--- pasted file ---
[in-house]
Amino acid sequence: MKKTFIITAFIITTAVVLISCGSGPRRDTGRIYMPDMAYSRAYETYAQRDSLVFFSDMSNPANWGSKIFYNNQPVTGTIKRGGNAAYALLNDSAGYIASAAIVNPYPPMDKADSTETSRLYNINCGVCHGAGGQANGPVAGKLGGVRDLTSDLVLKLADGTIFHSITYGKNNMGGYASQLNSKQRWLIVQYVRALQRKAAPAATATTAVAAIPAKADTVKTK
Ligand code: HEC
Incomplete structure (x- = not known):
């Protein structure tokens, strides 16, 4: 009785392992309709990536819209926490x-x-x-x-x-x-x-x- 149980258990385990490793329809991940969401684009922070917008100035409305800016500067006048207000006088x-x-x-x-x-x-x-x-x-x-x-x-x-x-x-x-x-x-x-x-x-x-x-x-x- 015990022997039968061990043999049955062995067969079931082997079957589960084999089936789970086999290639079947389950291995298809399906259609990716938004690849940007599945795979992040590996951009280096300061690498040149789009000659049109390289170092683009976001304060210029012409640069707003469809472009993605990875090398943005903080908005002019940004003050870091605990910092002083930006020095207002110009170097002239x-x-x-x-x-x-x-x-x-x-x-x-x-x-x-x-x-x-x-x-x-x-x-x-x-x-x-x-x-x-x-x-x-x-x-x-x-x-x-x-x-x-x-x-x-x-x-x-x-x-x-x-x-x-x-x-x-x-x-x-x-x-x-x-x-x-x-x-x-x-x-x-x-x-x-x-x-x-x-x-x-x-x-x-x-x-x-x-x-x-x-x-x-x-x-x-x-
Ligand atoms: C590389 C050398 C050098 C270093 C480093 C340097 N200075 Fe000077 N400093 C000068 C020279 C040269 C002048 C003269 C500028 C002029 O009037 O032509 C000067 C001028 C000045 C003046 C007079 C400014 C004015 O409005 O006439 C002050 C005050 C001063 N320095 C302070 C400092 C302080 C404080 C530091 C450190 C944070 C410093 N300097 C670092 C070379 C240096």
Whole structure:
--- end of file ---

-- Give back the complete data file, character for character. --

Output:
[in-house]
Amino acid sequence: MKKTFIITAFIITTAVVLISCGSGPRRDTGRIYMPDMAYSRAYETYAQRDSLVFFSDMSNPANWGSKIFYNNQPVTGTIKRGGNAAYALLNDSAGYIASAAIVNPYPPMDKADSTETSRLYNINCGVCHGAGGQANGPVAGKLGGVRDLTSDLVLKLADGTIFHSITYGKNNMGGYASQLNSKQRWLIVQYVRALQRKAAPAATATTAVAAIPAKADTVKTK
Ligand code: HEC
Incomplete structure (x- = not known):
């Protein structure tokens, strides 16, 4: 009785392992309709990536819209926490x-x-x-x-x-x-x-x- 149980258990385990490793329809991940969401684009922070917008100035409305800016500067006048207000006088x-x-x-x-x-x-x-x-x-x-x-x-x-x-x-x-x-x-x-x-x-x-x-x-x- 015990022997039968061990043999049955062995067969079931082997079957589960084999089936789970086999290639079947389950291995298809399906259609990716938004690849940007599945795979992040590996951009280096300061690498040149789009000659049109390289170092683009976001304060210029012409640069707003469809472009993605990875090398943005903080908005002019940004003050870091605990910092002083930006020095207002110009170097002239x-x-x-x-x-x-x-x-x-x-x-x-x-x-x-x-x-x-x-x-x-x-x-x-x-x-x-x-x-x-x-x-x-x-x-x-x-x-x-x-x-x-x-x-x-x-x-x-x-x-x-x-x-x-x-x-x-x-x-x-x-x-x-x-x-x-x-x-x-x-x-x-x-x-x-x-x-x-x-x-x-x-x-x-x-x-x-x-x-x-x-x-x-x-x-x-x-
Ligand atoms: C590389 C050398 C050098 C270093 C480093 C340097 N200075 Fe000077 N400093 C000068 C020279 C040269 C002048 C003269 C500028 C002029 O009037 O032509 C000067 C001028 C000045 C003046 C007079 C400014 C004015 O409005 O006439 C002050 C005050 C001063 N320095 C302070 C400092 C302080 C404080 C530091 C450190 C944070 C410093 N300097 C670092 C070379 C240096």
Whole structure: